Looking at COVID data in recent months, it may appear that a significant proportion of the people who have died of COVID were vaccinated against the disease. But it is important to put those numbers in context.
The U.S. Centers for Disease Control and Prevention has compiled data from 28 geographically representative state and local health departments that keep track of COVID death rates among people age 12 and older in relation to their vaccination status, including whether or not they got a booster dose, and age group. Each week in March, on average, a reported 644 people in this data set died of COVID. Of them, 261 were vaccinated with either just a primary round of shots—two doses of an mRNA vaccine or a single dose of Johnson & Johnson’s vaccine—or with that primary series and at least one shot of a booster.
Taken at face value, these numbers may appear to indicate that vaccination does not make that much of a difference. But this perception is an example of a phenomenon known as the base rate fallacy. One also has to consider the denominator of the fraction—that is, the sizes of the vaccinated and unvaccinated populations. With shots widely available to almost all age groups, the majority of the U.S. population has been vaccinated. So even if only a small fraction of vaccinated people who get COVID die from it, the more people who are vaccinated, the more likely they are to make up a portion of the dead.
In order to avoid the pitfalls of absolute numbers, it is useful to instead look at incidence rates—usually expressed as the number of deaths per 100,000 people. Standardizing the denominator across all groups offers a very different picture.
Another way to think about the protection vaccination provides is to compare the ratios of death rates among the vaccinated and unvaccinated. For the month of March, “unvaccinated people 12 years and older had 17 times the rate of COVID-associated deaths, compared to people vaccinated with a primary series and a booster dose,” says Commissioned Corps of the U.S. Public Health Service commander Heather Scobie, deputy team lead for surveillance and analytics at the CDC’s Epidemiology Task Force.* “Unvaccinated people had eight times the rate of death as compared to people who only had a primary series,” suggesting that boosters increase the level of protection.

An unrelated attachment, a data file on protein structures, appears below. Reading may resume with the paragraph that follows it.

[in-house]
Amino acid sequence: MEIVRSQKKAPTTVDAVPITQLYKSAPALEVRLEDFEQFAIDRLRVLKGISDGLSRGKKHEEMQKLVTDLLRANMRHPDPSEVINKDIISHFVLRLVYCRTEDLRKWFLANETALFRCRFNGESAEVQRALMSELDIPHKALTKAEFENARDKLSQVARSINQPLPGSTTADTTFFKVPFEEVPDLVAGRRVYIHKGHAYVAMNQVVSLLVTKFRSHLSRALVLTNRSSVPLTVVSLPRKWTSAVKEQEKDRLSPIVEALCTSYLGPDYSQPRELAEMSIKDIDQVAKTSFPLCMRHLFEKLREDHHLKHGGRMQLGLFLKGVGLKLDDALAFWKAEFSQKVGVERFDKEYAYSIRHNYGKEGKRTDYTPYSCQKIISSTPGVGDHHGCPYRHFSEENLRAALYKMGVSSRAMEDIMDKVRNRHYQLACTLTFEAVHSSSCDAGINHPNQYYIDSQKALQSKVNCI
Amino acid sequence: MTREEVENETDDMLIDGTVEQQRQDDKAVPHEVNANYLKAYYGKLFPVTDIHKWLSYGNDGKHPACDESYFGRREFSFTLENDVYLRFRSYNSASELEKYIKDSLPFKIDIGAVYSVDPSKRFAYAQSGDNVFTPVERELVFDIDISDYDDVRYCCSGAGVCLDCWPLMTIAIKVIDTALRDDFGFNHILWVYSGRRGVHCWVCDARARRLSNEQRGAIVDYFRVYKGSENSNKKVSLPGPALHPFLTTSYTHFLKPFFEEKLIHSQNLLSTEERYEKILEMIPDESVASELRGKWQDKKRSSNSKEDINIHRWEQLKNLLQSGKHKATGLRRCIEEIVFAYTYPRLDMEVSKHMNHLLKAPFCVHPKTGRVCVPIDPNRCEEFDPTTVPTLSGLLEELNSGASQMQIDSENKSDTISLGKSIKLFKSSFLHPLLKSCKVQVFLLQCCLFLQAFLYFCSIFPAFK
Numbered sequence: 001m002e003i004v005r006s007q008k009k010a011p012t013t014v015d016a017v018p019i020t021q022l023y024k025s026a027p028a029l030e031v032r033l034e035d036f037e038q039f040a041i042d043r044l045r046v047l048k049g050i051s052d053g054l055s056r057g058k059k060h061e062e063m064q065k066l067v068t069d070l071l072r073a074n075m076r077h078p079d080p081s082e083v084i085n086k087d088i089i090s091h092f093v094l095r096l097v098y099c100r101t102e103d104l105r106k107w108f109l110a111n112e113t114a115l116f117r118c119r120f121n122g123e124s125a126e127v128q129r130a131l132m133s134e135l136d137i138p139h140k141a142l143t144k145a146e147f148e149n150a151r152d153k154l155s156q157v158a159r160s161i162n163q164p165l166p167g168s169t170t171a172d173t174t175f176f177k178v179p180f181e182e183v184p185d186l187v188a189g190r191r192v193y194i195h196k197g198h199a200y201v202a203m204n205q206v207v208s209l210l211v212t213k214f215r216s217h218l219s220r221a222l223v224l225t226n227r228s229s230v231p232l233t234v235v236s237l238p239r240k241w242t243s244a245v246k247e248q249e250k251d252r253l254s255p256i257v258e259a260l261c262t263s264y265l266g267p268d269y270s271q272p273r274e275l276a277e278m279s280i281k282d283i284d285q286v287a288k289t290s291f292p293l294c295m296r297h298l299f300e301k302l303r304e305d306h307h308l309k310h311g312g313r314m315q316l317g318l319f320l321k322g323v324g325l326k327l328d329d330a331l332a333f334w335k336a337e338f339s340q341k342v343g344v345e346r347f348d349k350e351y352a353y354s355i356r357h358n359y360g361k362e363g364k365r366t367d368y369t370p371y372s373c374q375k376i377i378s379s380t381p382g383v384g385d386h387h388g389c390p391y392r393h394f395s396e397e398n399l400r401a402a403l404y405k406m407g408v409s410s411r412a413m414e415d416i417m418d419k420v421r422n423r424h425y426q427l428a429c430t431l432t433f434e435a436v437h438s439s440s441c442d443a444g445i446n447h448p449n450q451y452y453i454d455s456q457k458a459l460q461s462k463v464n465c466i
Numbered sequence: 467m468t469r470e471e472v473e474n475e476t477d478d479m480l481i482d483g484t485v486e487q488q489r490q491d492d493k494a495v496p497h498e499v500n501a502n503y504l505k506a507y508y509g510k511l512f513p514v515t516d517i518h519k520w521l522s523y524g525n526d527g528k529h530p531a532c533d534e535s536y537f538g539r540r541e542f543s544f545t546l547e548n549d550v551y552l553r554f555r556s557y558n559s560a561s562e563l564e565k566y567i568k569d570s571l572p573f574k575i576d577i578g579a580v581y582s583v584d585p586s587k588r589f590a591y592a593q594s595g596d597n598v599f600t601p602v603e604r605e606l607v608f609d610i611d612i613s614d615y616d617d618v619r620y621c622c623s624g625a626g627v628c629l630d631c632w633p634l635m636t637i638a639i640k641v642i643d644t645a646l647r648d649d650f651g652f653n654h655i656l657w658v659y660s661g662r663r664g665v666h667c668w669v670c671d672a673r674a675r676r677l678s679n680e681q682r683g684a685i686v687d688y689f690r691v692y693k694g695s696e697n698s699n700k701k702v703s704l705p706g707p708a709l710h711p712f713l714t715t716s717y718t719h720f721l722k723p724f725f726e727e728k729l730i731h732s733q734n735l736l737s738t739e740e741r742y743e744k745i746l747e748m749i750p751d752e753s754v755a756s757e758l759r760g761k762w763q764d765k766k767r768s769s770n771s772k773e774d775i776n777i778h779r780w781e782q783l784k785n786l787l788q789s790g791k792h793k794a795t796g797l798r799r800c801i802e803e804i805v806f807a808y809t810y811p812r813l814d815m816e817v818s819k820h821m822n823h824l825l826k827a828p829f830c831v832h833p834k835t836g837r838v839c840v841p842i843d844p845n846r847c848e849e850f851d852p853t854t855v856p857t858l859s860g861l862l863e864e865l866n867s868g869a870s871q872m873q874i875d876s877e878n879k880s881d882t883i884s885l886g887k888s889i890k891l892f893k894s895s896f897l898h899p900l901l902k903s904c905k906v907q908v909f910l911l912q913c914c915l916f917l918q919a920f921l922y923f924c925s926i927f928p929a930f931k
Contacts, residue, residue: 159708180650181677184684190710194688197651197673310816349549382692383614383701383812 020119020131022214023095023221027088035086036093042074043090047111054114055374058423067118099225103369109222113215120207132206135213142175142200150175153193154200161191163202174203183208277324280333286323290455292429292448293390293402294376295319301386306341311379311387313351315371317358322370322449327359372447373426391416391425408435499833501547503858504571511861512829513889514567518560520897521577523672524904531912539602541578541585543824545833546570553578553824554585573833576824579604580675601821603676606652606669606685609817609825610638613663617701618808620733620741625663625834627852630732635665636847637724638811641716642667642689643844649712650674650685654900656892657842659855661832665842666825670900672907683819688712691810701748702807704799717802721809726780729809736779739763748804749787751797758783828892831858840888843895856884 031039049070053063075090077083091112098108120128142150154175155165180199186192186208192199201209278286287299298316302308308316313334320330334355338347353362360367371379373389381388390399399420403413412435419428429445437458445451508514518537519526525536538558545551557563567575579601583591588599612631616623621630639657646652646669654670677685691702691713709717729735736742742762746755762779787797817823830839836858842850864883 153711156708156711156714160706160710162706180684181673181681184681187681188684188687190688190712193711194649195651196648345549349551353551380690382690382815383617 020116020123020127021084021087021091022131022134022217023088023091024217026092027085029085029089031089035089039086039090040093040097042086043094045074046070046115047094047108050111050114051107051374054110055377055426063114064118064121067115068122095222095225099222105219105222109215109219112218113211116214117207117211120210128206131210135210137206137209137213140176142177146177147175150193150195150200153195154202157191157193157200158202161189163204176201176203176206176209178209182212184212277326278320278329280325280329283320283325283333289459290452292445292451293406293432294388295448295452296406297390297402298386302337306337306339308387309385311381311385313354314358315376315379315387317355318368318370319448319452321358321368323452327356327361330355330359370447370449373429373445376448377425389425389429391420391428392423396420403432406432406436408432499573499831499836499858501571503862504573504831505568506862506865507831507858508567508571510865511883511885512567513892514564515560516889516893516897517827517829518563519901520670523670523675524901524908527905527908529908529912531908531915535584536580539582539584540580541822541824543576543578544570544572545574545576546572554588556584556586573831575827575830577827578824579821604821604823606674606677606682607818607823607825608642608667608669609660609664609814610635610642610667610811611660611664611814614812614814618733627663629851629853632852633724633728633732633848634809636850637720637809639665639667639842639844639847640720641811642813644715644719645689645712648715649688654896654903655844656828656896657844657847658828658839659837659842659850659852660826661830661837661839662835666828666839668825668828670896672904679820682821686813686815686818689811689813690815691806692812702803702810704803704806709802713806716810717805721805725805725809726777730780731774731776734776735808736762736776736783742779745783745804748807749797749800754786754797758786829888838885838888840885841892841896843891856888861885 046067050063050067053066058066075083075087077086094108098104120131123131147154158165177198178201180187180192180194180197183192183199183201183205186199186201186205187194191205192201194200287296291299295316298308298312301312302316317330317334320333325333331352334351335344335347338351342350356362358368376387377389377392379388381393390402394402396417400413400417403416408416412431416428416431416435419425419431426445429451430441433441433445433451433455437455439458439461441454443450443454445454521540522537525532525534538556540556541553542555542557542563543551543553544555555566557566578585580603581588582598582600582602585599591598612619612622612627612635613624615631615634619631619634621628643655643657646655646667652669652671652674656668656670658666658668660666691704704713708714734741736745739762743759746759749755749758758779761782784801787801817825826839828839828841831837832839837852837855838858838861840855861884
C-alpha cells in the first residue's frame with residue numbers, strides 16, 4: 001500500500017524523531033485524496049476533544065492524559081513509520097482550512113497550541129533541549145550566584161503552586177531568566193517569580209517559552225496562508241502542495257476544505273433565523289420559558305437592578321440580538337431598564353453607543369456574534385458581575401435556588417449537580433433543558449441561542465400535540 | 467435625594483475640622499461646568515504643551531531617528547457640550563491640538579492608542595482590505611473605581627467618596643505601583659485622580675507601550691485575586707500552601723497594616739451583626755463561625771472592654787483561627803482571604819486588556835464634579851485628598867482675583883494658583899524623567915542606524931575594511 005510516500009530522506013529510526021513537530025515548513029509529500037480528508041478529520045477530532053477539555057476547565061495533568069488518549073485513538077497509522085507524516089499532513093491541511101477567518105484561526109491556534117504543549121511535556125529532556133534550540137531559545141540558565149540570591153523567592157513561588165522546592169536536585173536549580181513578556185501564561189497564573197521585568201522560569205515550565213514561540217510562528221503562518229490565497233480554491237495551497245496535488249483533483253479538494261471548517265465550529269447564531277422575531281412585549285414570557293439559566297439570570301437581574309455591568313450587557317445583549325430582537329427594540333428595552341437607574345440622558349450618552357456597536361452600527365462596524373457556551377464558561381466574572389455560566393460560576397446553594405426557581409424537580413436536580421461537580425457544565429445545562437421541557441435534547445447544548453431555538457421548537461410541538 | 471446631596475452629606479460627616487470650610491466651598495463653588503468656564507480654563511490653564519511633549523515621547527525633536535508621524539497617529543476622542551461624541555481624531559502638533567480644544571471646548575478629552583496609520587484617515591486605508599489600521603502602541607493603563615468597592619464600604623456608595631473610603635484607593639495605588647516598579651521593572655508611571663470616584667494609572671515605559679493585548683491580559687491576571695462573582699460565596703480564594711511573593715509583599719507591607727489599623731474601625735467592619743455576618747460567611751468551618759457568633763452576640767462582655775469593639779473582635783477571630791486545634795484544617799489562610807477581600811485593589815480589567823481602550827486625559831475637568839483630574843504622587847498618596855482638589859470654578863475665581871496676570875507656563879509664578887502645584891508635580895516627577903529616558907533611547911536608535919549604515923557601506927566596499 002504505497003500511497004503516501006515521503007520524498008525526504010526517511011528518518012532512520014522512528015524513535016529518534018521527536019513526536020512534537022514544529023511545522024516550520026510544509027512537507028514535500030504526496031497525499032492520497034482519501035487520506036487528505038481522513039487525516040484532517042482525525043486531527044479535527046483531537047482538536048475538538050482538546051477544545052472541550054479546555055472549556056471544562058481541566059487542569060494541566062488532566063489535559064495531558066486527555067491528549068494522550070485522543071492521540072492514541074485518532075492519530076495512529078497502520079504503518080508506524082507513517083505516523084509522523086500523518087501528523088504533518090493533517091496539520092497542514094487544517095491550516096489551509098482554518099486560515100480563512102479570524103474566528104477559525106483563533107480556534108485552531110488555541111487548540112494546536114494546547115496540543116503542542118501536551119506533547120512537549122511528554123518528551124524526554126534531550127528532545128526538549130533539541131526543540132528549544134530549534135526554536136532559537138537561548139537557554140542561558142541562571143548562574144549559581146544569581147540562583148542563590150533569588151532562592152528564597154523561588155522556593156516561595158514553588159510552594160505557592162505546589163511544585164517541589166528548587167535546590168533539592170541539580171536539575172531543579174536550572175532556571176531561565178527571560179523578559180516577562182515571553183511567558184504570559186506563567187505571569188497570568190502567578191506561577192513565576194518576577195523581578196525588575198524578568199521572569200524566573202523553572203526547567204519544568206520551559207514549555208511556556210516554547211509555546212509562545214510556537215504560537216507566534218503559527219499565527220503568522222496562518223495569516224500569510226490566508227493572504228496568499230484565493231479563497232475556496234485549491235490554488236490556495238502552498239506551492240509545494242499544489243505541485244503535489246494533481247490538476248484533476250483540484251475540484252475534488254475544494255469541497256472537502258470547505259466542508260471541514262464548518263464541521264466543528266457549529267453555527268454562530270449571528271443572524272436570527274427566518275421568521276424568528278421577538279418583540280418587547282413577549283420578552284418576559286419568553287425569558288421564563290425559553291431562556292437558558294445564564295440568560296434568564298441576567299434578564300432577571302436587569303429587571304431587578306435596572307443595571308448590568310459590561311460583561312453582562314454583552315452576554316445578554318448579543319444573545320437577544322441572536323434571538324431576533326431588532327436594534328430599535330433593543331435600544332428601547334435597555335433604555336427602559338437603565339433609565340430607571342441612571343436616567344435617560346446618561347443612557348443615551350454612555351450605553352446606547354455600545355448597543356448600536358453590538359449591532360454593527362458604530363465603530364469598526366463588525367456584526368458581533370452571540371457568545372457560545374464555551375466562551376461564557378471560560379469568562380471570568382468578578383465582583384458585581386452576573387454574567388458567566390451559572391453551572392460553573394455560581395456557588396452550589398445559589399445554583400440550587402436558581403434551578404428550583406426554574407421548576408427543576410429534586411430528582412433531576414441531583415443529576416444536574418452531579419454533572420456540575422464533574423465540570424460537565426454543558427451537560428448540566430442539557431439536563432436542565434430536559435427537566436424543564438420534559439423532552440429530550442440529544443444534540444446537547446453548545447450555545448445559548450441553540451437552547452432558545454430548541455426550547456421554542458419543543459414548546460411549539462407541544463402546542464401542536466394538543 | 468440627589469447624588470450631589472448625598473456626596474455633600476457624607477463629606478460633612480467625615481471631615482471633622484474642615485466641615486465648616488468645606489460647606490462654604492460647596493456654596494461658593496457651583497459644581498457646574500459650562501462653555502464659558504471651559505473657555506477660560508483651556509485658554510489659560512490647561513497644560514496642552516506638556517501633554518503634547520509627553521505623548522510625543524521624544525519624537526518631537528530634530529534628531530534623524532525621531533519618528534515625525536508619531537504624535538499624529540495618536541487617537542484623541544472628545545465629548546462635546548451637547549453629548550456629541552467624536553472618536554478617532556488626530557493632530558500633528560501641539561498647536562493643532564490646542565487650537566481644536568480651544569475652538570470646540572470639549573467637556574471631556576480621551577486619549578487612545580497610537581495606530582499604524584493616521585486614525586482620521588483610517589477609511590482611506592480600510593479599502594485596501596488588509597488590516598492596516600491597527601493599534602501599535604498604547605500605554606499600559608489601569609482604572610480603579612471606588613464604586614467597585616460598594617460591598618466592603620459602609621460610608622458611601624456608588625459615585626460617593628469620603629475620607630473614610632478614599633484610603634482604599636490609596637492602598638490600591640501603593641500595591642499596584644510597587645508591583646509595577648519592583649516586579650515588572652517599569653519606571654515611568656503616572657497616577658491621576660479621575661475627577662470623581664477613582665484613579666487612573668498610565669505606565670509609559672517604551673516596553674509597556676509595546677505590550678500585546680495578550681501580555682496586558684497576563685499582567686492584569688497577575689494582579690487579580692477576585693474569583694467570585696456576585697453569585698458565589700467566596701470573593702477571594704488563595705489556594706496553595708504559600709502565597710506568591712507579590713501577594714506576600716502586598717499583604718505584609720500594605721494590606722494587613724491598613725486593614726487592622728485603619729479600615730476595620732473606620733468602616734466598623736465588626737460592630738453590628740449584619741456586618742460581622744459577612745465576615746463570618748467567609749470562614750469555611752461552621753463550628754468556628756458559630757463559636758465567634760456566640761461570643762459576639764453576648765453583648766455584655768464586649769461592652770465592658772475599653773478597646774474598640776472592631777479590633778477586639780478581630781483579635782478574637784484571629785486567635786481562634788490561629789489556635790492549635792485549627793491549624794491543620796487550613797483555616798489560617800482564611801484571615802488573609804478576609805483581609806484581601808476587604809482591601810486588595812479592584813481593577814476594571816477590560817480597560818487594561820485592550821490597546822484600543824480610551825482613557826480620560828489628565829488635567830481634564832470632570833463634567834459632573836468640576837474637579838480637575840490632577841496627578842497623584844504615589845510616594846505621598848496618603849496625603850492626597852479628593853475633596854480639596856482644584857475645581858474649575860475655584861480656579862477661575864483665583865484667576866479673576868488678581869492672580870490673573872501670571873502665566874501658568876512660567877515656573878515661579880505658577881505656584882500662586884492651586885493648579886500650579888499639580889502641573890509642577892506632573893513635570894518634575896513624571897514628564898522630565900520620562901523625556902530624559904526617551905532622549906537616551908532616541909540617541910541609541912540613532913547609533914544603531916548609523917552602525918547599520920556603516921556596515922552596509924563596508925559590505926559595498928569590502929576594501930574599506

It is also important to consider the ages of those who are dying. People 65 and older make up the group that is both the most likely to be vaccinated (and boosted) and the most likely to die of COVID. (Being older is one of the biggest risk factors for severe COVID because the immune system weakens with age.) So when you separate the age groups, it becomes even clearer that vaccination reduces the risk of death. And because immune protection from vaccination wanes with time, and because some older people do not mount a good immune response to the primary series, being boosted reduces that risk even further.
An additional factor to consider is that as the pandemic wears on and a disproportionate number of unvaccinated people die from COVID, the unvaccinated population shrinks. This leaves a comparatively larger vaccinated group, leading to an increase in total deaths despite the lower death rate among vaccinated people. No vaccine is 100 percent effective, but immunization reduces the risk of dying from COVID substantially.
*Editor’s Note (7/7/22): This sentence was edited after posting to correct the populations described by Heather Scobie.